Successful Sales Managers & Time

Pay NOTHING until you meet interested decision makers

According to a recent study on marketing and sales management, the one thing most sales managers would change if they could was the amount of time they have in a day.* 72 percent said they would add some time to their business day so they could accomplish more in their many responsibilities. Successful sales managers learn early on that even a slight improvement in time management can translate into substantially improved sales production. And, more importantly, the proficiency they demonstrate in effective time management is emulated by their sales team.

Anyone who has been in sales for any length of time has been exposed to a plethora of books, seminars and course on the subject of time management, and anyone who has seriously wants to make more time in their day needs to invest some time in these resources. But even after the last notes are taken or the first steps are implemented, a time management plan can easily fall by the wayside with old habits resurfacing unless you have the proper mindset for permanent change. Before implementing any aspect of a new time management approach, it is critical to create a priority framework that enables you to optimize each valuable minute of your day.

Empower your Salespeople

While they are your priority, salespeople can be your biggest timewasters. It’s not uncommon to find successful sales managers micromanaging several aspects of their salespeople’s business, sometimes on a daily basis – checking their numbers, asking about appointments, looking at schedules. However, that’s not the job of successful sales managers. It’s the sales person’s responsibility to make sure they are hitting the numbers and filling their schedule. Your job is to set the expectations and create a system that enables your sales team to hold themselves accountable. As a sales leader, you then provide the coaching they need to achieve the incremental improvements in their activities and production. Sales performance improvement occurs through coaching, not micromanaging which can also be very time consuming.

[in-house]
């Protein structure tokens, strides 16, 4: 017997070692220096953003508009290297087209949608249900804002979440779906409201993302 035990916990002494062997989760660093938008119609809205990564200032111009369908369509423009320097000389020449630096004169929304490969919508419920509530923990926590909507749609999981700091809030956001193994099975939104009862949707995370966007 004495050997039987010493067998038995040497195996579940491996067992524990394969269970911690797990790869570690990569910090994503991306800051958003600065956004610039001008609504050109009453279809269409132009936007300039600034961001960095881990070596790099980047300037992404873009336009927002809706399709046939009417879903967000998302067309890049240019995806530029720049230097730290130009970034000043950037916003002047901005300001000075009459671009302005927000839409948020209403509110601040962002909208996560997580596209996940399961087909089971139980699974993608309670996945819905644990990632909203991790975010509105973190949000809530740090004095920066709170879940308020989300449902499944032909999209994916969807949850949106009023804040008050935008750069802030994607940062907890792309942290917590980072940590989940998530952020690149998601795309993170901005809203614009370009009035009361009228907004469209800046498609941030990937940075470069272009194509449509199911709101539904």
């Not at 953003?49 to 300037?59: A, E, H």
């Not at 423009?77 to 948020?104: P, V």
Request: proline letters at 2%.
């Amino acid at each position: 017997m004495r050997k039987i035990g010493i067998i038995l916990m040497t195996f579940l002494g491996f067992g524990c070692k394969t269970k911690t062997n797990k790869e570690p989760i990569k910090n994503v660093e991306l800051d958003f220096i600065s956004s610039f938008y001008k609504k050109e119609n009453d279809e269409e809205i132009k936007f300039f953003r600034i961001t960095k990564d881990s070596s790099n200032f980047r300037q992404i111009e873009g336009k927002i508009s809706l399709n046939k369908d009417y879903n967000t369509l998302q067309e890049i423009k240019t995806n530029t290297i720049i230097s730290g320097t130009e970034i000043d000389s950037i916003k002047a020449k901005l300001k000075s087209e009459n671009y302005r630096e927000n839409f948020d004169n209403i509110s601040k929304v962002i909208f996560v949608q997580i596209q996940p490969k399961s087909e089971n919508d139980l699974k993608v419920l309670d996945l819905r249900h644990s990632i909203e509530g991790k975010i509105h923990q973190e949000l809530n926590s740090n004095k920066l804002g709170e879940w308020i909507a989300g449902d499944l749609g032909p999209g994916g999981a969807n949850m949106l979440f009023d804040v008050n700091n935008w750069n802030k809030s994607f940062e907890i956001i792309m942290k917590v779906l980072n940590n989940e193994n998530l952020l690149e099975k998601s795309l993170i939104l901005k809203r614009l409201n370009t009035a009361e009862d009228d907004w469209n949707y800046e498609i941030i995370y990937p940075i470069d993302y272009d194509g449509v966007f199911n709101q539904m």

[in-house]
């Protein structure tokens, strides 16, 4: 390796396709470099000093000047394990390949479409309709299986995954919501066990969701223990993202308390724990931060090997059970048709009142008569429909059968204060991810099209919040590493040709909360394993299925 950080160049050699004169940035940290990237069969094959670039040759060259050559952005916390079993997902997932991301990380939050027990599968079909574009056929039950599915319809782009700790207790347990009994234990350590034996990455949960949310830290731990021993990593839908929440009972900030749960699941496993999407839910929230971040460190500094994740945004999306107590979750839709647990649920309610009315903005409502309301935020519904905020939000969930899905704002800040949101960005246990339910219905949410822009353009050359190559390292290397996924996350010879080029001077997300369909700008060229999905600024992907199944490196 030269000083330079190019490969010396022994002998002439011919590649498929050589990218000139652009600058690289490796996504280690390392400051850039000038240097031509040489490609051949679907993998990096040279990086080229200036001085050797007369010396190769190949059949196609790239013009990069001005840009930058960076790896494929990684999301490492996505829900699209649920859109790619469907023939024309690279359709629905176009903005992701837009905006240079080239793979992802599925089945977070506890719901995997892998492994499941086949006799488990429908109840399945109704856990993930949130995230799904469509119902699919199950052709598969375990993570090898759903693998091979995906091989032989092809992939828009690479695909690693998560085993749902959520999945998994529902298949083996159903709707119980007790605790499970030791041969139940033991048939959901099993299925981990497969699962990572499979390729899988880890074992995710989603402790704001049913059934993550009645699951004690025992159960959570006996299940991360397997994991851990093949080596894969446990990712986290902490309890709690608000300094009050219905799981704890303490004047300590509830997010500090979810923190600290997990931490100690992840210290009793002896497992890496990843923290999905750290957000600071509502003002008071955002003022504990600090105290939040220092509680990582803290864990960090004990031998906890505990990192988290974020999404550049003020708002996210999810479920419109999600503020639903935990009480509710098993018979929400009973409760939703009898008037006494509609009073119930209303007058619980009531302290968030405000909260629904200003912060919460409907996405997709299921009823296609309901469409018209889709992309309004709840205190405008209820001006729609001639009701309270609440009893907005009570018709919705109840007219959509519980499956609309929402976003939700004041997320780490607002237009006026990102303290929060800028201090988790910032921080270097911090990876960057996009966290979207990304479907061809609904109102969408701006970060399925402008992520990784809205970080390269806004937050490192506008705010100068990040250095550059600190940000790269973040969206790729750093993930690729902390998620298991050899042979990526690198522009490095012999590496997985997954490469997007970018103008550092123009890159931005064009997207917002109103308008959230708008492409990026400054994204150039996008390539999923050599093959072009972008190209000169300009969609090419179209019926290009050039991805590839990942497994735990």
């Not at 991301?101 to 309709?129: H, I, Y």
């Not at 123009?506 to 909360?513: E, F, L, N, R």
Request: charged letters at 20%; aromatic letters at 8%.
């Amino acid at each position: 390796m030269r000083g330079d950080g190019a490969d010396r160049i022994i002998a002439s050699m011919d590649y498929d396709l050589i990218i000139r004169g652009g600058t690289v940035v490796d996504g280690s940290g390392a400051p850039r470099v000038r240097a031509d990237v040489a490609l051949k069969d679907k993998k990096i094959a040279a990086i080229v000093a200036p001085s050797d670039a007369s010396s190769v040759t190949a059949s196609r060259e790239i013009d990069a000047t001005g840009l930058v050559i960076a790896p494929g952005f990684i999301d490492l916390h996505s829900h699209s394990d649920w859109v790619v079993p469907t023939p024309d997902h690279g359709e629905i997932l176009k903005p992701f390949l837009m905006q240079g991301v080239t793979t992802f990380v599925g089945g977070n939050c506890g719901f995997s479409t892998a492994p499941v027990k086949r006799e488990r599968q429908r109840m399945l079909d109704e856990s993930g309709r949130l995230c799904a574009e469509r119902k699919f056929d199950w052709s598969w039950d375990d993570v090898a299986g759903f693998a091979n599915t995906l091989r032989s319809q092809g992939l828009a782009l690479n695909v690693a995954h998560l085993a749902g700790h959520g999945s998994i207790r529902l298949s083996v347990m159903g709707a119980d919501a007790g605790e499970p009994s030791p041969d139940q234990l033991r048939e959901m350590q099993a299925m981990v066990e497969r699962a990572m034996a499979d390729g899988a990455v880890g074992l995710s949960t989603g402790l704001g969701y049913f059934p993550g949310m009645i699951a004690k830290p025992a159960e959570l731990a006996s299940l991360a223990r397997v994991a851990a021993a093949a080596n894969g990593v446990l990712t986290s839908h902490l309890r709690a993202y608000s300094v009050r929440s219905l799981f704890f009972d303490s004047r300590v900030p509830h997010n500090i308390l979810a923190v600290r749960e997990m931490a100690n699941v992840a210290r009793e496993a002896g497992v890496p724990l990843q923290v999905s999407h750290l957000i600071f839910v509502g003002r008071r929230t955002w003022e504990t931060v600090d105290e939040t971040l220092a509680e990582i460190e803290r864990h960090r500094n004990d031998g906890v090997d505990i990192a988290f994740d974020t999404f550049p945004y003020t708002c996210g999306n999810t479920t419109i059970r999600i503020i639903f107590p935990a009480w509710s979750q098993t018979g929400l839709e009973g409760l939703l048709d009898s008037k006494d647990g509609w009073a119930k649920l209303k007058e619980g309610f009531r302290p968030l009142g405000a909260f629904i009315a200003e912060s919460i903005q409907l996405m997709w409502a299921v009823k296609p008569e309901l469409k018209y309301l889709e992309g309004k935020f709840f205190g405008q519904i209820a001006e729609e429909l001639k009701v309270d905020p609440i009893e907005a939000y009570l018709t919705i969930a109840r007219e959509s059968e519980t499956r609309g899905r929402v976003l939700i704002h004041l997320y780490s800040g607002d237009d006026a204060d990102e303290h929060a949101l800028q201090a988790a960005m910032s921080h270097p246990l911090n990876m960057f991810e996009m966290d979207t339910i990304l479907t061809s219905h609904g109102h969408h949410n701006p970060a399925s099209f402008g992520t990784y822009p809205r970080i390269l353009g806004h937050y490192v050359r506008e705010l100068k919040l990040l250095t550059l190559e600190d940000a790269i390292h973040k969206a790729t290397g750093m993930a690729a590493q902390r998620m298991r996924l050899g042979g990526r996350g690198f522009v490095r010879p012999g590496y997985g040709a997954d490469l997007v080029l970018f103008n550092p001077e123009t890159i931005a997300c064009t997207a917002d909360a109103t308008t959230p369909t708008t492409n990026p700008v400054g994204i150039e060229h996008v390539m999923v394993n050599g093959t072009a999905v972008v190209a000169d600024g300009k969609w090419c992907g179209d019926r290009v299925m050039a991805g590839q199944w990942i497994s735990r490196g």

Successful Sales Managers have a Clean Desk?

Sales managers, who leave behind piles of paperwork and other desk clutter at the end of the day, usually find themselves rehashing yesterday’s priorities when the current day requires a fresh perspective and new priorities. That’s doesn’t mean you shouldn’t leave unfinished business behind, but it should be prioritized in the context of the next day’s priorities. Unfinished business should have its own block of time on your schedule each day or a couple of times a week. Each day should begin with a clear mind, a clean a slate, and a whole new allocation of time.

If it’s Important, it’s not Worth your Time

Huh? Let’s put that in the proper context: It’s easy to get consumed with important things, such as tracking the sales numbers, and, while that needs to be done, it’s not what really matters to you as a sales manager. You can’t develop your sales people by focusing on the numbers. That’s like focusing on the unemployment numbers to determine what’s wrong with the economy. It’s too late to do anything about it. You can’t control the numbers, so they shouldn’t be the focus of your time. But you can control the performance of your sales people through training and coaching. It is almost guaranteed that, when your sales people’s sales performance improves, the numbers will follow.

*”Improving Sales Manager Effectiveness: A survey of Sales Managers’ Time Utilization,” Sales Management Association 2011

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